Bolstadfjorden is a 12 km long fjord in Vaksdal and Voss municipalities in Vestland county, Norway. The Bolstadfjorden is a continuation of Vikafjorden. Vikafjorden meets the mouth of Bolstadfjorden, it is the innermost point of the fjord system surrounding the city of Bergen. Bolstadfjorden is 160 m deep with a threshold of only 1.5 metres which creates a strong tidal current. Bolstadfjorden has a surface area of 7.1 km2. There is a threshold at 35 metres creating two basins, the outer 4.6 km2. The Vosso river brings freshwater from a 1,500 km2 catchment area. Freshwater inflow peaks in May to June. Freshwater or brackish water on the surface obstructs circulation of the heavier saltwater leaving the saltwater in the deeper part deprived of oxygen. Measurements in April and August 2006 showed indicated that there was no oxygen at 50 metres or deeper. In April the layer of brackish water was about 5 metres deep, while in August the brackish water was 20 meters deep; the main road from Bergen-Voss-Oslo runs along the south shores of the fjord.

The Voss Line ran along the south shore through 10 short tunnels. When the Bergen Line in 1987 was shifted deeper into the bedrock, the E16 highway took over abandoned tunnels and rail tracks along Bolstadfjorden. List of Norwegian fjords

1945–46 Taça de Portugal

The 1945–46 Taça de Portugal was the 8th season of the Taça de Portugal, the premier Portuguese football knockout competition, organized by the Portuguese Football Federation. Sporting Clube de Portugal was the defending champion and played Atlético Clube de Portugal in the final on 30 June 1946. Associação Académica de Coimbra – Organismo Autónomo de Futebol Atlético Clube de Portugal Clube de Futebol Os Belenenses Sport Lisboa e Benfica Boavista Futebol Clube Sport Lisboa e Elvas Sporting Clube Olhanense União Desportiva Oliveirense Futebol Clube do Porto Sporting Clube de Portugal Vitória Sport Clube "de Guimarães" Vitória Futebol Clube "de Setúbal" Grupo Desportivo Estoril Praia Futebol Clube Famalicão Portimonense Sporting Clube Clube de Futebol União de Coimbra Official webpage 1945–46 Taça de Portugal at zerozero.pt

1998–99 Phoenix Suns season

The 1998–99 NBA season was the 31st season for the Phoenix Suns in the National Basketball Association. During the offseason, the Suns signed free agent Tom Gugliotta while acquiring Luc Longley from the Chicago Bulls. Head coach Danny Ainge returned for his third season as the team finished tied for third in the Pacific Division with a record of 27–23 in the shortened lockout season; the 7th-seeded Suns made the playoffs for the 11th consecutive season before being swept in the first round to the 2nd-seeded and Pacific winner-Portland Trail Blazers, three games to zero. All home games were played in America West Arena. Starting point guard Jason Kidd finished the regular season leading the league in assists per game at 10.8. Three Suns would average 16 points or more per game, with Gugliotta notching 17, Kidd 16.9 and Clifford Robinson at 16.4 per game. Kidd led the league in total minutes played and was third in total steals, before being selected to both the All-NBA and All-Defensive First Teams.

Following the season, Danny Manning was traded to the Orlando Magic, who traded him to the Milwaukee Bucks two weeks and George McCloud signed as a free agent with the Denver Nuggets. This was the first year in franchise history, their first-round pick was traded to the Denver Nuggets the previous year in the Antonio McDyess deal, their second-round pick was traded to the Dallas Mavericks in 1996 in the Jason Kidd deal. Jason Kidd was named Player of the Month for April. Jason Kidd was named Player of the Week for games played April 12 through April 18. All-Star weekend was cancelled due to the 1998–99 NBA lockout. Jason Kidd was named to the All-NBA First Team. Kidd finished fifth in MVP voting. Jason Kidd was named to the NBA All-Defensive First Team. Clifford Robinson finished seventh in Defensive Player of the Year voting, finished tenth in Most Improved Player voting. Jason Kidd led the league in assists per game with a 10.8 average, total assists with 539. Jason Kidd led the league in minutes played with 2060.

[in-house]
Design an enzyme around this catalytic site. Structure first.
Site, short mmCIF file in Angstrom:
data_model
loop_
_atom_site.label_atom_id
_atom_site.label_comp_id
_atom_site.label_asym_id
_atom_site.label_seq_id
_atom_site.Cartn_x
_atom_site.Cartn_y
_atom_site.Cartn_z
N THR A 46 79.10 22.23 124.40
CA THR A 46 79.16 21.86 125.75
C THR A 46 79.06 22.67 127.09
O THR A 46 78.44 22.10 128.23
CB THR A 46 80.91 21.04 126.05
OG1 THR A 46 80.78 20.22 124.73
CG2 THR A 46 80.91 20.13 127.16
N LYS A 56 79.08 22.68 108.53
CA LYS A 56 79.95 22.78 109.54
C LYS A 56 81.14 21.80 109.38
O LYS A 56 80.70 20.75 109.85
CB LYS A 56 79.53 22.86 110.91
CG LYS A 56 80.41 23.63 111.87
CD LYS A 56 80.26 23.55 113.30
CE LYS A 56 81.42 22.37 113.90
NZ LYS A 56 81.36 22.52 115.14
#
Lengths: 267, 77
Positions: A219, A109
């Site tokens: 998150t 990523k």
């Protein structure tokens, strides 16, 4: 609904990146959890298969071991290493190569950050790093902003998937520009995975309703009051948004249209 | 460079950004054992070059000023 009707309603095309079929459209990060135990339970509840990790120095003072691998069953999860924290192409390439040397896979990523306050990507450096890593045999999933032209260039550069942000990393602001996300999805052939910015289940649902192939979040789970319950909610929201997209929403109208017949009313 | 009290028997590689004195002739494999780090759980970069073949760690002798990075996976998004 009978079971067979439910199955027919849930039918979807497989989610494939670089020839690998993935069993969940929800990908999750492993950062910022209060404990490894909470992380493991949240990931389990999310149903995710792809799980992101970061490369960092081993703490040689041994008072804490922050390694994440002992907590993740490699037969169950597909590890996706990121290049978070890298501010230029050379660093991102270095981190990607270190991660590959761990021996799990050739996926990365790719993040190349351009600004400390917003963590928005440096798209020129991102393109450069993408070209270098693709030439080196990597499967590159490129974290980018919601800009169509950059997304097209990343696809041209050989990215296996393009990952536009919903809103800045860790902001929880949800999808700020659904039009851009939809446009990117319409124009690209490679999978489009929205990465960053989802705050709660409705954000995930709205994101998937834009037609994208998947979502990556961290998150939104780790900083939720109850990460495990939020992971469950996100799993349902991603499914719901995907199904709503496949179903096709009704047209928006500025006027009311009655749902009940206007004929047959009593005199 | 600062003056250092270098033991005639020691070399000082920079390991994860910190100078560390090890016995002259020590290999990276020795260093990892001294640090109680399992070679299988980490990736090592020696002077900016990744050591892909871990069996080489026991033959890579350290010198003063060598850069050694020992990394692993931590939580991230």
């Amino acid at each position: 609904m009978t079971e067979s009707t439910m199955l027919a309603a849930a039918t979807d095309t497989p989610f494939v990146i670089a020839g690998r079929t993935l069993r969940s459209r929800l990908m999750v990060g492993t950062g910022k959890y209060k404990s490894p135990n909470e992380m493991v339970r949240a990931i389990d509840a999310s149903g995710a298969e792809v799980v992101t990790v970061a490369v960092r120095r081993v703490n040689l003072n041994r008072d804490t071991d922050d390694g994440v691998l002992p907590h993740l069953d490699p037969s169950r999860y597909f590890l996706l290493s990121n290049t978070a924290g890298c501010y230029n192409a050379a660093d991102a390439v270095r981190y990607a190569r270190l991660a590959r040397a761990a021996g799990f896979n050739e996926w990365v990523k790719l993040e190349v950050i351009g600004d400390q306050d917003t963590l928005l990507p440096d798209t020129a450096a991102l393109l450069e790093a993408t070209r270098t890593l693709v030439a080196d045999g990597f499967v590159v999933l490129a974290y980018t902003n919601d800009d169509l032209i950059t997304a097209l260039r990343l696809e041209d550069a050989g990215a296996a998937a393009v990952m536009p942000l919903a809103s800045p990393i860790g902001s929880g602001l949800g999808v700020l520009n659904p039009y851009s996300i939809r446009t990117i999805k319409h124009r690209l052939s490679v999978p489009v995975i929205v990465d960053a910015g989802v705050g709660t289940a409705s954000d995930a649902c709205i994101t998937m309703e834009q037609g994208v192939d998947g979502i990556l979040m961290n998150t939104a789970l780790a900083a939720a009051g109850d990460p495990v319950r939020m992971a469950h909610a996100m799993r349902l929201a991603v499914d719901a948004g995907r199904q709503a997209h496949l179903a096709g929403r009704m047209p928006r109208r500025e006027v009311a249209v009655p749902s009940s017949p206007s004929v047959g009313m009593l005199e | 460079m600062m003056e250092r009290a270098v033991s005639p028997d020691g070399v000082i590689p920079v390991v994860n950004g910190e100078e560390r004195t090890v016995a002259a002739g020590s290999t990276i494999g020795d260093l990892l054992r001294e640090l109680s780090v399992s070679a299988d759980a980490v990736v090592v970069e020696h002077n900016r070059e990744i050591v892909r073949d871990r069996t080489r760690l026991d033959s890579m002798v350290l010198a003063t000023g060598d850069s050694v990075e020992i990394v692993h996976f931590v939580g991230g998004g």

† – Minimum 183 field goals made.^ – Minimum 34 three-pointers made.# – Minimum 76 free throws made. ^ – Minimum 5 three-pointers made.# – Minimum 10 free throws made

Aristotle Lane

Aristotle Lane is a road in north Oxford, England. The lane links North Oxford, leading from the junction of Kingston Road and Hayfield Road, with Port Meadow to the west, via bridges over the Oxford Canal and railway; the other access to the meadow from North Oxford is via Walton Well Road to the south. St Philip & St James Primary School is located in Aristotle Lane, having below in Leckford Road to the south; the Aristotle Lane Allotments are located here. To the north of the allotments is the Burgess Field Nature Park a landfill site. In addition, there is a recreation ground. There is evidence of Iron Age tracks from the location of Aristotle Lane across Port Meadow to Binsey Ford; the lane is named after Aristotle's Well in the vicinity, deriving from the name of the Ancient Greek philosopher Aristotle. On 3 June 1644, King Charles I passed this way with around 5,000 men, strategically withdrawing from Oxford, his temporary capital during the Civil War, across Port Meadow and the Thames. T.

E. Lawrence used this route from his home as a child in Polstead Road on his way to Port Meadow to dig in the mounds there. Port Meadow Halt railway station was located just north of Aristotle Lane on the Varsity Line; the London and North Western Railway opened the halt called Summertown after the north Oxford district, on 20 August 1906. It was renamed to Port Meadow Halt in January 1907; the station temporarily closed during World War I between 1 January 1917 and 5 May 1919. On 30 October 1926, London and Scottish Railway permanently closed the station; the land south of Aristotle Lane was acquired from Lucy's by Berkeley Homes and developed during 1996–1999 into the Waterside estate